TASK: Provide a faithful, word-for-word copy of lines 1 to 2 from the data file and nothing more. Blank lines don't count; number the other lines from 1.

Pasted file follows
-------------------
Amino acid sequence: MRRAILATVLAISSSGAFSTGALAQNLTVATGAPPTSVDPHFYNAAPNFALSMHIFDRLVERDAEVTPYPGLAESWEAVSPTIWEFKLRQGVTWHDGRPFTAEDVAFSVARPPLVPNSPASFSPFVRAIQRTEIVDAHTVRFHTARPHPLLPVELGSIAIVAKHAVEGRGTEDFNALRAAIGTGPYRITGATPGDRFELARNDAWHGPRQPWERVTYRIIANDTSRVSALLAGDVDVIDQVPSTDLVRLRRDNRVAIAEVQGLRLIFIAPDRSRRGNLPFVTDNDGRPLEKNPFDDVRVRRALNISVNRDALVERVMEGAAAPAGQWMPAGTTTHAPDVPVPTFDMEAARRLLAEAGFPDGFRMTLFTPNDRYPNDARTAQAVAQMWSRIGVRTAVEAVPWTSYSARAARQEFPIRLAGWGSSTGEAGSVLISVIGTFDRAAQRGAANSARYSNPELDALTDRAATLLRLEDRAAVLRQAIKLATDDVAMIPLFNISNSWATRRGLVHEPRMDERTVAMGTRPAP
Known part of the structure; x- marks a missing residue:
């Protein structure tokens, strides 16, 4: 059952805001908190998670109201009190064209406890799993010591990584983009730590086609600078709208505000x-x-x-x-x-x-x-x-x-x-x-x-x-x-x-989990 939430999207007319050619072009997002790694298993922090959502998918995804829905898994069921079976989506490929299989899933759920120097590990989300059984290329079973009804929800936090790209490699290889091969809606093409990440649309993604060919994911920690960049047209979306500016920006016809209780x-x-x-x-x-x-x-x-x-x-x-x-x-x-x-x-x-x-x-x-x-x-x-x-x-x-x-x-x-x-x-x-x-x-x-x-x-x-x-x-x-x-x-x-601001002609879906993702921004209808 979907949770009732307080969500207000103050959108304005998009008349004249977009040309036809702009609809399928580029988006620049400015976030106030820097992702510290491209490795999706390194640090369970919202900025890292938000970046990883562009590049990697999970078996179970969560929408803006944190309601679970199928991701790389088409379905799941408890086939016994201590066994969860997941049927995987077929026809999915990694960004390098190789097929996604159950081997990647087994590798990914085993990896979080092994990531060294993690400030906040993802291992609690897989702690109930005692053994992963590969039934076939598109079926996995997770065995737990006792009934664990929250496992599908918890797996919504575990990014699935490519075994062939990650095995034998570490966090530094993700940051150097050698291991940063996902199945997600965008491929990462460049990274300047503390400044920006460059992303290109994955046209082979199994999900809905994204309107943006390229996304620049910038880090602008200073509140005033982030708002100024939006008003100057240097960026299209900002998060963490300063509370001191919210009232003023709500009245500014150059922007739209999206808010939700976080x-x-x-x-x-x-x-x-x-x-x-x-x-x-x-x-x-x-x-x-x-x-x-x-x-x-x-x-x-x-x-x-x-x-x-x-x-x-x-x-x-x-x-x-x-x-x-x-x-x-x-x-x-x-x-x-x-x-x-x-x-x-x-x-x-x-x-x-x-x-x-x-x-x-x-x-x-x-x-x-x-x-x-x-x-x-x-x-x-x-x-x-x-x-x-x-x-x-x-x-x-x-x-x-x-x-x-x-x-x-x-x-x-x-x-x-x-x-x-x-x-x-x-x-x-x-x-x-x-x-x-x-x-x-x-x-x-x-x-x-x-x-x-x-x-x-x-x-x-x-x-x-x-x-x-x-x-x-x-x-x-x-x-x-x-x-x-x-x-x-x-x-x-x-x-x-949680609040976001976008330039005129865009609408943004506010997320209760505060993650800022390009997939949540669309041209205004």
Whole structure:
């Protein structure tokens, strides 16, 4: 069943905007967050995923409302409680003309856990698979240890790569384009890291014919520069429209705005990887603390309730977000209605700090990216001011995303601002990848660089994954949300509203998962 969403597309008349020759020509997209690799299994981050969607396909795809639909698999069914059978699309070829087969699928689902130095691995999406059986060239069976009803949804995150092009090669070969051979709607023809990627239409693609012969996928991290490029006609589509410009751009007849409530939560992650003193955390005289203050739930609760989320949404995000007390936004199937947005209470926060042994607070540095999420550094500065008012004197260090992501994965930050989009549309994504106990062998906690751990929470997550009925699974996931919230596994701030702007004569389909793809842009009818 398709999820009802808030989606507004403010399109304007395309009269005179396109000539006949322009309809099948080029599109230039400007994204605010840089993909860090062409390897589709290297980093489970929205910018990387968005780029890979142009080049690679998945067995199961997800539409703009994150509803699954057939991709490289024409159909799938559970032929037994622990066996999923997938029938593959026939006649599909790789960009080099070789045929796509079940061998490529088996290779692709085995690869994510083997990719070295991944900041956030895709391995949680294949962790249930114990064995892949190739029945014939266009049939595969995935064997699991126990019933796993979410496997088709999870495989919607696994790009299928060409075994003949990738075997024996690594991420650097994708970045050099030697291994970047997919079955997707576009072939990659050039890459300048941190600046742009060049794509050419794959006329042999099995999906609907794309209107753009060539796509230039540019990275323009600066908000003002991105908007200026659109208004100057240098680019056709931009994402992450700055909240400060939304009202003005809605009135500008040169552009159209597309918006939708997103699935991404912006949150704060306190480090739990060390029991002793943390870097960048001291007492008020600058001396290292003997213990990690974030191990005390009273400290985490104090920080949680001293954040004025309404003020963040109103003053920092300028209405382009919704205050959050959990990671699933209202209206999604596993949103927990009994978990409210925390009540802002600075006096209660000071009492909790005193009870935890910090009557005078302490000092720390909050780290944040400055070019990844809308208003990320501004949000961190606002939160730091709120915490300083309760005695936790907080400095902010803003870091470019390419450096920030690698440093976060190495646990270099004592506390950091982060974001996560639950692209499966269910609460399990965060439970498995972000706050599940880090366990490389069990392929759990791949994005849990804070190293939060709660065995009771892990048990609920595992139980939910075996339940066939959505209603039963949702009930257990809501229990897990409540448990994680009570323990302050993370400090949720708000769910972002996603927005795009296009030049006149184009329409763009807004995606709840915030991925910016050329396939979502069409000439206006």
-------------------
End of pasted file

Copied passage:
Amino acid sequence: MRRAILATVLAISSSGAFSTGALAQNLTVATGAPPTSVDPHFYNAAPNFALSMHIFDRLVERDAEVTPYPGLAESWEAVSPTIWEFKLRQGVTWHDGRPFTAEDVAFSVARPPLVPNSPASFSPFVRAIQRTEIVDAHTVRFHTARPHPLLPVELGSIAIVAKHAVEGRGTEDFNALRAAIGTGPYRITGATPGDRFELARNDAWHGPRQPWERVTYRIIANDTSRVSALLAGDVDVIDQVPSTDLVRLRRDNRVAIAEVQGLRLIFIAPDRSRRGNLPFVTDNDGRPLEKNPFDDVRVRRALNISVNRDALVERVMEGAAAPAGQWMPAGTTTHAPDVPVPTFDMEAARRLLAEAGFPDGFRMTLFTPNDRYPNDARTAQAVAQMWSRIGVRTAVEAVPWTSYSARAARQEFPIRLAGWGSSTGEAGSVLISVIGTFDRAAQRGAANSARYSNPELDALTDRAATLLRLEDRAAVLRQAIKLATDDVAMIPLFNISNSWATRRGLVHEPRMDERTVAMGTRPAP
Known part of the structure; x- marks a missing residue: